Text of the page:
A setting specific infection control model in inpatient rehabilitation should effectively control the spread of disease and improve outcomes and patient satisfaction
Infection is one of the leading causes of hospital readmissions, so proper infection prevention and control practices are crucial in all healthcare settings.
However, what those practices are depend highly on the setting of care. What works in the acute care hospital likely won’t cover all the needs of post-acute facilities, and even in post-acute care, those facilities vary from one another.
Take inpatient rehabilitation.
A variety of patients can benefit from inpatient rehabilitation—from receiving therapy in the proper environment with the proper equipment to socialization and preparation for reentering the community—but an infection can be a dramatic setback. With patients receiving therapy three hours a day, often in a gym alongside other patients, the spread of infection is elevated without proper precautions.
Thinking outside the room
Download a case study on what infection control looks like in the inpatient rehabilitation hospital setting
The need for a setting specific model
Historically, infection prevention and control practices were developed and intended for acute care hospitals, where a patient is typically confined to their room or other sterile environment, with little interaction with other patients.
Such practices in an inpatient rehabilitation hospital could derail a patient’s recovery, causing them to miss therapy and extend their stay or potentially increase their risk for a hospital readmission, all of which impact outcomes and patient satisfaction.
At Encompass Health, we wanted to ensure that when an infection was detected in a patient there was a protocol in place to not only contain and prevent the spread of the infection, but also to allow the patient to continue to receive therapy, if possible.
While there is precedent for adapting and modifying infection prevention and control practices in non-hospital healthcare settings in order to better serve the physical and psychosocial needs of patients, a setting-specific infection control model that is specifically intended for implementation in inpatient rehabilitation hospitals didn’t exist.
We set out to change that starting in 2010.
Building and implementing an inpatient rehabilitation model for infection control
An interdisciplinary task force developed a white paper that provided guidelines for addressing several emerging infectious disease issues. In 2014, that task force revised the white paper to reflect more current knowledge, and in 2017, the group developed a new evidence-based, highly effective and setting-specific infection prevention and control model for application in our inpatient rehabilitation facilities.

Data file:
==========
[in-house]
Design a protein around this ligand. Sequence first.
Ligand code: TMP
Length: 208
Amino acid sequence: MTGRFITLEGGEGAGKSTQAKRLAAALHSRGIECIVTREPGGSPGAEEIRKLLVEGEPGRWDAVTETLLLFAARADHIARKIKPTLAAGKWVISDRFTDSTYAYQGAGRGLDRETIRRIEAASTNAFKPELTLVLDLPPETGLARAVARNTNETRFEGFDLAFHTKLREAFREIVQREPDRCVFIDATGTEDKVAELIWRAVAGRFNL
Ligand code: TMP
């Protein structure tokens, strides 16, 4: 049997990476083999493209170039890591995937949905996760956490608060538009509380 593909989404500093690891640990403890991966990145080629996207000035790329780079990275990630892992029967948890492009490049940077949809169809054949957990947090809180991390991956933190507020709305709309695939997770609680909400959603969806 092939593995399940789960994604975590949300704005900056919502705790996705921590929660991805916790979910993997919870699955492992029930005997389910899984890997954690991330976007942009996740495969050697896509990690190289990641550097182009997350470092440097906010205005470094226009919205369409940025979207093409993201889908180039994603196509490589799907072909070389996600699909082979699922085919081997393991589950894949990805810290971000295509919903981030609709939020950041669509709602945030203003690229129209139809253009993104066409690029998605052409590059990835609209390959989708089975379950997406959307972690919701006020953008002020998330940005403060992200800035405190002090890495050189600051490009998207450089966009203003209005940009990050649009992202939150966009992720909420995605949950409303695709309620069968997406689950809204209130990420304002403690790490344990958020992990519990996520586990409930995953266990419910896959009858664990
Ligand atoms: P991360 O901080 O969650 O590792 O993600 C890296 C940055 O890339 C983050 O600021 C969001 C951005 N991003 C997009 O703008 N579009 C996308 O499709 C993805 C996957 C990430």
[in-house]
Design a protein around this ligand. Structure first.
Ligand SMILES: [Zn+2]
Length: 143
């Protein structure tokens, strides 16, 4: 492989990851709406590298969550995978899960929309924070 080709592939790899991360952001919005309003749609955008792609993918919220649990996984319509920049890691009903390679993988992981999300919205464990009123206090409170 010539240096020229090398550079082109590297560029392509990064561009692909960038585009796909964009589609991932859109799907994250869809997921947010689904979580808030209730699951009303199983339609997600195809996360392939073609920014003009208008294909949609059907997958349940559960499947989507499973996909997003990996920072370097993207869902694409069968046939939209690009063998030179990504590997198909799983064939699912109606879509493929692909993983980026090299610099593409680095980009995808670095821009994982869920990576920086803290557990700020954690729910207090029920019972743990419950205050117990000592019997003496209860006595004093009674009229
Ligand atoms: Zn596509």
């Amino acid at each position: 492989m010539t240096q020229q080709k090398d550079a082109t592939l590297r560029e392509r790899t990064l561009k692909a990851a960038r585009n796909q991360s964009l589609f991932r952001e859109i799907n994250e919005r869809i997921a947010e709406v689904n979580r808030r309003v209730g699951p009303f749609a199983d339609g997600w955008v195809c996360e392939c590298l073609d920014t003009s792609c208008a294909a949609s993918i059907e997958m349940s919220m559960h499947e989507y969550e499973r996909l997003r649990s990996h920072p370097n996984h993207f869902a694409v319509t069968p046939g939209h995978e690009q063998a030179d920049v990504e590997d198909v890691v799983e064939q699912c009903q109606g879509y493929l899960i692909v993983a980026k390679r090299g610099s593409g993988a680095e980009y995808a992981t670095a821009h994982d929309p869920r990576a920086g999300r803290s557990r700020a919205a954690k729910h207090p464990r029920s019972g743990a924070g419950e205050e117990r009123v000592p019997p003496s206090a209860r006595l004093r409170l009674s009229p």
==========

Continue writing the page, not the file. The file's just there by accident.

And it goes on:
We identified the following objectives to achieve this:
- Review and analyze published literature on the structure and effectiveness of infection prevention and control isolation models currently in use in acute care hospitals and alternative healthcare settings
- Propose an evidence-based, setting-specific model for use in inpatient rehabilitation hospitals
- Propose methods for implementation for the inpatient rehabilitation-specific model
- Propose a plan for ensuring compliance and clinical quality by monitoring the effectiveness of the inpatient rehabilitation model
- Develop strategies and algorithms for addressing specific situations and challenges.
Today, all our hospitals have an infection control program that:
- Promotes patient safety
- Supports desired clinical outcomes
- Complies with all relevant rules and standards used by regulatory and quality oversight agencies
At Encompass Health we believe that ensuring the safety of our patients while maximizing their access to effective rehabilitation services best supports our mission of achieving excellent clinical outcomes and patient satisfaction. The ideal inpatient rehabilitation specific infection prevention and control model could be described as “more effective-less restrictive.”
It is a horizontal approach instead of a vertical, “one size fits all” model that responds primarily to patient histories or culture results. Our inpatient rehabilitation model is supported by an aggressive continuous quality improvement program and a greater degree of reliance on identifying and addressing clinical conditions in all patients who are known to facilitate the transmission of infectious diseases.
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